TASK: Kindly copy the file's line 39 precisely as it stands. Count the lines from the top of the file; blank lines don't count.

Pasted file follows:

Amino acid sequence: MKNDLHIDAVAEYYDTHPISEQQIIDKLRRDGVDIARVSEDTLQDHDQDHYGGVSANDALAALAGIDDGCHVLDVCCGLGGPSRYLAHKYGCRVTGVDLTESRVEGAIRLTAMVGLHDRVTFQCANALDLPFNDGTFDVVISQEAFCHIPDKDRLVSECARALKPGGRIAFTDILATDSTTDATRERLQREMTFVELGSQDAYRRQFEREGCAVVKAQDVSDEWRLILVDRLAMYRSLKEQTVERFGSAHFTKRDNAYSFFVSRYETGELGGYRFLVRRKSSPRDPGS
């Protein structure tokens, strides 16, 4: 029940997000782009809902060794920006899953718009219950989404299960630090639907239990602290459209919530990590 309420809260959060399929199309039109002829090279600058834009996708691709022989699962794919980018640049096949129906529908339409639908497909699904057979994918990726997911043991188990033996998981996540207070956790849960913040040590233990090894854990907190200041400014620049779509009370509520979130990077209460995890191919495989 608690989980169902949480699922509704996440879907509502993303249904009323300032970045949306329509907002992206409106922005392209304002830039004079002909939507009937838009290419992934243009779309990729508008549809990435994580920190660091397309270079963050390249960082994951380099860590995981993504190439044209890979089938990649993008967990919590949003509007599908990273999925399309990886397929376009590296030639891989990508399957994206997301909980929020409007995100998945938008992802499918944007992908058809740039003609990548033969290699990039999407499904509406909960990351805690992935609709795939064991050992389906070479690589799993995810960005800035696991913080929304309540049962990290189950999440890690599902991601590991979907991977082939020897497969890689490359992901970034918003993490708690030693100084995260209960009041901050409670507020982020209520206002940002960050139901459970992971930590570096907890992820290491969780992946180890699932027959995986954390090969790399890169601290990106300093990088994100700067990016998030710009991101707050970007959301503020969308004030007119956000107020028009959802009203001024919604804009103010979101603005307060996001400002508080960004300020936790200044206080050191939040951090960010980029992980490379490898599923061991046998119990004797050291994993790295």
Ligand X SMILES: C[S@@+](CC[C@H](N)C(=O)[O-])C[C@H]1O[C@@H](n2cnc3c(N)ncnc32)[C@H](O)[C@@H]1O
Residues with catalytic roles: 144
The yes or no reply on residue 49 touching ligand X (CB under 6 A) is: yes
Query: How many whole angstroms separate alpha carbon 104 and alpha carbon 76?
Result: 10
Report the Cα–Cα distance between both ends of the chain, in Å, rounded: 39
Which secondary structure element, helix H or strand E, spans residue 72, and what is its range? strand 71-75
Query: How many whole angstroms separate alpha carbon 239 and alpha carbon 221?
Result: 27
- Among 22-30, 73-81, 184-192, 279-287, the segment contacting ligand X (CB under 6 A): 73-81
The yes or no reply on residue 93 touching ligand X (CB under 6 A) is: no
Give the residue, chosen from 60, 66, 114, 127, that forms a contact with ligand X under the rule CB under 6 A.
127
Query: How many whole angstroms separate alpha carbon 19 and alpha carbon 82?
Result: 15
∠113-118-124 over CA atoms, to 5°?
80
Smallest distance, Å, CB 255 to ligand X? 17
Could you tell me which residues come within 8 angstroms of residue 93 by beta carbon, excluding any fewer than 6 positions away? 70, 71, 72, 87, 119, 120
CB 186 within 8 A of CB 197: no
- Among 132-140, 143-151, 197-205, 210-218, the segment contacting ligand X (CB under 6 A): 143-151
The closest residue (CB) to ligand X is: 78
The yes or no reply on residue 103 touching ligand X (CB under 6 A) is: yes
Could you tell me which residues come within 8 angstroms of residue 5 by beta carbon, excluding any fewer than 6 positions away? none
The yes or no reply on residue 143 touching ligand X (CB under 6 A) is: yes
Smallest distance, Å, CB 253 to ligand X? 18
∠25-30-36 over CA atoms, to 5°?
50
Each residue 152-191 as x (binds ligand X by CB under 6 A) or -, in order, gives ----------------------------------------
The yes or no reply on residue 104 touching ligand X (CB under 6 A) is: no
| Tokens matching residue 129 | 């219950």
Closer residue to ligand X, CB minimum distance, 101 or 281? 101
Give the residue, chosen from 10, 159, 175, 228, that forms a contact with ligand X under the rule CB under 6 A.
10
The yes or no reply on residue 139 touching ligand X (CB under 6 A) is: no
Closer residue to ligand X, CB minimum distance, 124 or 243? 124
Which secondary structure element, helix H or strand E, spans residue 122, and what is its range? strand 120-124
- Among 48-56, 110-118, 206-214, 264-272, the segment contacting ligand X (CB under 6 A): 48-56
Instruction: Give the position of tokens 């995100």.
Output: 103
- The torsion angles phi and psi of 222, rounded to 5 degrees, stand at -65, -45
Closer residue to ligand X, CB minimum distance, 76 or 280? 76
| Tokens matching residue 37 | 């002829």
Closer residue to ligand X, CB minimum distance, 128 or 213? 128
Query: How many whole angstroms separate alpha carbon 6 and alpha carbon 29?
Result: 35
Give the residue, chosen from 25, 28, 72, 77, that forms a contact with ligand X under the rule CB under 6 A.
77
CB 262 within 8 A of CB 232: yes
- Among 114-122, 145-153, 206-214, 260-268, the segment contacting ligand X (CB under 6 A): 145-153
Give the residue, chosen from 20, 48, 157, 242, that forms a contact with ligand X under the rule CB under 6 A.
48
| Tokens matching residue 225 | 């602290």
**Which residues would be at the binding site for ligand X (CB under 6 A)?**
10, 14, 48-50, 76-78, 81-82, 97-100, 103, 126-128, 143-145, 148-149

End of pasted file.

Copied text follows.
Which secondary structure element, helix H or strand E, spans residue 122, and what is its range? strand 120-124